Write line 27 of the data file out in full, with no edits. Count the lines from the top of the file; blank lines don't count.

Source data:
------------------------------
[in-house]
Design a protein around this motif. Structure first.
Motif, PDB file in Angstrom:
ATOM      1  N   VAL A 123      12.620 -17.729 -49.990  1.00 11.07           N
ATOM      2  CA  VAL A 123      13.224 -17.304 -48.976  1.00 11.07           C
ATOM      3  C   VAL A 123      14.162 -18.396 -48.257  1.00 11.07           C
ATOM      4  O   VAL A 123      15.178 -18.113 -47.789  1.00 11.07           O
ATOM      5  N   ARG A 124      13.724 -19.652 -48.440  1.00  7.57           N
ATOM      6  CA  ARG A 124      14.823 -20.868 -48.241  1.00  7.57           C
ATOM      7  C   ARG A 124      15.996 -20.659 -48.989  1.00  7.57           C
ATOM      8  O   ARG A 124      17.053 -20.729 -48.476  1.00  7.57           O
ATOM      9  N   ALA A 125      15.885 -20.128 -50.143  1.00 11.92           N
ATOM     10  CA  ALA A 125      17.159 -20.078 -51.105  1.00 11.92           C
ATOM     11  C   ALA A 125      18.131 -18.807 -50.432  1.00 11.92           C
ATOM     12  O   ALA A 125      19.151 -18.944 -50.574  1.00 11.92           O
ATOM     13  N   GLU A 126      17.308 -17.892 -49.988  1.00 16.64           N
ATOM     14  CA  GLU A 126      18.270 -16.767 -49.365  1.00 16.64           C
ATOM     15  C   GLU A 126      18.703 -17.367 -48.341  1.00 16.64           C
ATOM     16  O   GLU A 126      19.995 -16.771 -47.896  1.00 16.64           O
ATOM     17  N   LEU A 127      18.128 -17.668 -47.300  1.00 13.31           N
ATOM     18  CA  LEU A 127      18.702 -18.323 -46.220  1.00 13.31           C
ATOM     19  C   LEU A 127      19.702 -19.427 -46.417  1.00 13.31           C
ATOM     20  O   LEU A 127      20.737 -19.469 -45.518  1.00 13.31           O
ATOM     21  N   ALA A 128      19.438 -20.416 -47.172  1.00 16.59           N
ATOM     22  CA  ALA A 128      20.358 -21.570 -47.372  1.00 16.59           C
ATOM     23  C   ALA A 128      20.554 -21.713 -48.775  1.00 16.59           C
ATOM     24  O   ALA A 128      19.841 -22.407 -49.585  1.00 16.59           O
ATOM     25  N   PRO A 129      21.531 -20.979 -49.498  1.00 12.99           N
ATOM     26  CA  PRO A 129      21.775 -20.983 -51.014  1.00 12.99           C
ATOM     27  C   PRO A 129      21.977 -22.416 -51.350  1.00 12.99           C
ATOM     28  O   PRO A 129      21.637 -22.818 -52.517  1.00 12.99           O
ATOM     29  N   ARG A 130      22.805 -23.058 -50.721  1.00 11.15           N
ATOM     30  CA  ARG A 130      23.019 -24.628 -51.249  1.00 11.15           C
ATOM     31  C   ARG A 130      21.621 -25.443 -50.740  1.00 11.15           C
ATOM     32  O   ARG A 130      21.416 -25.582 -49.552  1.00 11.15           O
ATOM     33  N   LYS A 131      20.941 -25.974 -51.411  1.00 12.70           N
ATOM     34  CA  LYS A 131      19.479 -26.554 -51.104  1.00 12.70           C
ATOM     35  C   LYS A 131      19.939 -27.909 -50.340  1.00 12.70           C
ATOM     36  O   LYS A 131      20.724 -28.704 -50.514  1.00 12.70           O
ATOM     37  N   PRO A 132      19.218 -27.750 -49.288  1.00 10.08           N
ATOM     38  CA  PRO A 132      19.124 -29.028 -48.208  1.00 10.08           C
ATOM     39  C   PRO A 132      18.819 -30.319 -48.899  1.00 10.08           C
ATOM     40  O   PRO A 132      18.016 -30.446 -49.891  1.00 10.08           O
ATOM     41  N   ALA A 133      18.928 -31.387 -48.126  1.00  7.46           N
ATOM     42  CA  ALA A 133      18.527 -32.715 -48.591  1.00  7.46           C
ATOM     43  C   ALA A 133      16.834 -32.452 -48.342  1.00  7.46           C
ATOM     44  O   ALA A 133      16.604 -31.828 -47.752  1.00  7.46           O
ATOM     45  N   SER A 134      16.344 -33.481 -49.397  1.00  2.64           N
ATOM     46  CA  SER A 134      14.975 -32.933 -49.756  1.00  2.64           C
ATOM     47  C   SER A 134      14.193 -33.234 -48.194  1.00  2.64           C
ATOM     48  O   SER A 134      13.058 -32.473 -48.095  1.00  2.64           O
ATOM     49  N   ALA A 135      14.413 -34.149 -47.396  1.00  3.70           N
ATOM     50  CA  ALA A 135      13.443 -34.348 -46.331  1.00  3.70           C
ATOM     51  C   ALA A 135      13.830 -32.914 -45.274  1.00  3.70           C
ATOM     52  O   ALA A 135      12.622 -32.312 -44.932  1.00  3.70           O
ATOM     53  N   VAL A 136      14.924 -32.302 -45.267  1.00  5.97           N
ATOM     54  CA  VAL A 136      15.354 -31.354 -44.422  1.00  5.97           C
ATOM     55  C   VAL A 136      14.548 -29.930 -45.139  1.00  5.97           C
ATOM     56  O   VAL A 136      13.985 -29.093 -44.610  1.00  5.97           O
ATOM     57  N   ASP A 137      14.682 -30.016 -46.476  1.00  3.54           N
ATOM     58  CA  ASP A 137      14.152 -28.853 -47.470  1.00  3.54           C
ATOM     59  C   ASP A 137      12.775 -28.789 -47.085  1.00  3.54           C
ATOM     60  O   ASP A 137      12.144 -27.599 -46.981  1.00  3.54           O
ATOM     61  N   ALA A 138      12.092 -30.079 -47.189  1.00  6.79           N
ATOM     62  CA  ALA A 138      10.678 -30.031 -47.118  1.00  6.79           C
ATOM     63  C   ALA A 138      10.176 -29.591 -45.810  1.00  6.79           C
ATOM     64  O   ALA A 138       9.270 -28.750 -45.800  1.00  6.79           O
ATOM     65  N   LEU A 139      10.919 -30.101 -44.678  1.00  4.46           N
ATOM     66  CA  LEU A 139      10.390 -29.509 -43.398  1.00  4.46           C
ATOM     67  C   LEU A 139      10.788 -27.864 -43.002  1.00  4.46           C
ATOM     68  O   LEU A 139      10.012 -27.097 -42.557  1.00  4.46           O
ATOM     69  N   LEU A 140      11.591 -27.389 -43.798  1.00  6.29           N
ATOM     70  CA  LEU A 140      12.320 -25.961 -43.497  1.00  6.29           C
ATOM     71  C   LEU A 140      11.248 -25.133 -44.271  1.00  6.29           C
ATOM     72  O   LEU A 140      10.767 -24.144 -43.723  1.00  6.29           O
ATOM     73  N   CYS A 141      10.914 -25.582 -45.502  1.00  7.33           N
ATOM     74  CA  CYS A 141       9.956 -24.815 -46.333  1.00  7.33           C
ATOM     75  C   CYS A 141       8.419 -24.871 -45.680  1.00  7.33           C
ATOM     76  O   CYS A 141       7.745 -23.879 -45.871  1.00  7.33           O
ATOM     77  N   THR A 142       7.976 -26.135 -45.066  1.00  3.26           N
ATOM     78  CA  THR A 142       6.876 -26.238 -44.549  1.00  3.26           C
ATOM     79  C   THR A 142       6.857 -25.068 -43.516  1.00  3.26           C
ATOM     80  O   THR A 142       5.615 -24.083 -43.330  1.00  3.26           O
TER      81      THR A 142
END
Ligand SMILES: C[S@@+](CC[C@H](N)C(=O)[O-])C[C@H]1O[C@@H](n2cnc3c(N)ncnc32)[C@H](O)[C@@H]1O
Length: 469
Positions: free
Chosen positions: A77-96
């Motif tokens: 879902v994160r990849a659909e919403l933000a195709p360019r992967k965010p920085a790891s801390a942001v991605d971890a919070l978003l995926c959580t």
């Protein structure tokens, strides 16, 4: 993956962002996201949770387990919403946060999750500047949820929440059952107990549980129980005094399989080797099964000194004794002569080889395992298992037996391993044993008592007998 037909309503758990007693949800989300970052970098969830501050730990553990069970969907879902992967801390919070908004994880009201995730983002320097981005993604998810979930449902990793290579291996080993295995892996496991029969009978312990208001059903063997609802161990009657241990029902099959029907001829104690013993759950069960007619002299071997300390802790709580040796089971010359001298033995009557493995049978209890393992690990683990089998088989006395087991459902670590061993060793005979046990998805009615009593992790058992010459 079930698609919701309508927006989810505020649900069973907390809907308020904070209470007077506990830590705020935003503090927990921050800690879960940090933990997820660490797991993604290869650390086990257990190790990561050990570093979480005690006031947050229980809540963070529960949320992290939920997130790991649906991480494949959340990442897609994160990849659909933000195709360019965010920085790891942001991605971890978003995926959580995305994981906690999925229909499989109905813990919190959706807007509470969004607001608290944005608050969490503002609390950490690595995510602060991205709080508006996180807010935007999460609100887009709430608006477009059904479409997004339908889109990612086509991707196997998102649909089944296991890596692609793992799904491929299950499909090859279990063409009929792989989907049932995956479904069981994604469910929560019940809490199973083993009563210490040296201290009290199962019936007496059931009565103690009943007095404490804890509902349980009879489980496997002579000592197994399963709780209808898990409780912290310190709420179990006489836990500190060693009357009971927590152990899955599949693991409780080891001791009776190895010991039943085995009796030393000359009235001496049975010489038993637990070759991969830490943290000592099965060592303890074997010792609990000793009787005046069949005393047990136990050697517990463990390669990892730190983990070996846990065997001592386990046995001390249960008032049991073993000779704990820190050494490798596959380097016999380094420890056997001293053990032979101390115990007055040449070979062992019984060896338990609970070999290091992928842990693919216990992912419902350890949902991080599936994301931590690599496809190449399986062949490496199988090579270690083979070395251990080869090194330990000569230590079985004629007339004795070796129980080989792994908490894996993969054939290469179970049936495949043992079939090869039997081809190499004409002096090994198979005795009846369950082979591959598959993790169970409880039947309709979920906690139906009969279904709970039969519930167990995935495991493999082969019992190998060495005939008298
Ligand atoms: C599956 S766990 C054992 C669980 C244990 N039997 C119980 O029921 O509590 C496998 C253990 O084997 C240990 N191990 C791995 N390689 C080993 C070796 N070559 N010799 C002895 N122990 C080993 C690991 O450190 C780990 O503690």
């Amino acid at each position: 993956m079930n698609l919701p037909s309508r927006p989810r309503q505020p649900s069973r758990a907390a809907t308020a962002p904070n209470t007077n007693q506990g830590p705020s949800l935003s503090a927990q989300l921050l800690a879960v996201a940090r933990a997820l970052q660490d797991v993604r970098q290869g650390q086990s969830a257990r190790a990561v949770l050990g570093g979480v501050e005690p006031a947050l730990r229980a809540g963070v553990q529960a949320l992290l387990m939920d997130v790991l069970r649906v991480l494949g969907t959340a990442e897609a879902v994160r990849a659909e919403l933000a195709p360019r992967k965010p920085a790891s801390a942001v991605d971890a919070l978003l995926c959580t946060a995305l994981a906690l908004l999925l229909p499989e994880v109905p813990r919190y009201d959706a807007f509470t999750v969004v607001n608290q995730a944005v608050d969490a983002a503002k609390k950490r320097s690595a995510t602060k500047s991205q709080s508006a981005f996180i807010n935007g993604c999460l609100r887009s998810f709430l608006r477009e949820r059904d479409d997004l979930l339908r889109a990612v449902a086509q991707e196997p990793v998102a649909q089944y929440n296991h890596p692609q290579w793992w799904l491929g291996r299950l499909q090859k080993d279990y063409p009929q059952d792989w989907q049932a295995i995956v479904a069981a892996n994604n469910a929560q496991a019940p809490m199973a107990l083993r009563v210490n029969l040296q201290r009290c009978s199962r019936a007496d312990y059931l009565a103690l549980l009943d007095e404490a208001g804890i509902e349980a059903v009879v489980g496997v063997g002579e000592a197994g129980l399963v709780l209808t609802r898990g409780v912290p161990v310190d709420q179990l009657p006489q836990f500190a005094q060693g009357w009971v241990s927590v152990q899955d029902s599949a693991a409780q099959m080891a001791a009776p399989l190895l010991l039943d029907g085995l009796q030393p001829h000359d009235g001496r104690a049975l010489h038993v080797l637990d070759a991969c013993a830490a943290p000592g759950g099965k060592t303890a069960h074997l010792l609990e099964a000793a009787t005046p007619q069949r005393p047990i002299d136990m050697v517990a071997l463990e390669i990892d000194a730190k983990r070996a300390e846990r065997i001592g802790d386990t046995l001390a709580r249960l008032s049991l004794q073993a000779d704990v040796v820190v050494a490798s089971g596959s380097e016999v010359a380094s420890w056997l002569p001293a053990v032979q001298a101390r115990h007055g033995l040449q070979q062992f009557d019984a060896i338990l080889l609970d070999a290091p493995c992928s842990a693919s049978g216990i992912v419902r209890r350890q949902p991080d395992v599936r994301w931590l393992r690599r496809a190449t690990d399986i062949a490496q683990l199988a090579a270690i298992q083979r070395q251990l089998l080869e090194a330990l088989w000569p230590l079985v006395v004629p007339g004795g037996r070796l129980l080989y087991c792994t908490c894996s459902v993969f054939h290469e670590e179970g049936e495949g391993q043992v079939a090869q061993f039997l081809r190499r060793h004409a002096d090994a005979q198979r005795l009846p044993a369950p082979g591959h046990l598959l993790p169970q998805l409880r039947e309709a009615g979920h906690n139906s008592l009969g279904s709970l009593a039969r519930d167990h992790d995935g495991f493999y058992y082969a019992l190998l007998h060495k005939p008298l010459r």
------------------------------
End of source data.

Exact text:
ATOM     24  O   ALA A 128      19.841 -22.407 -49.585  1.00 16.59           O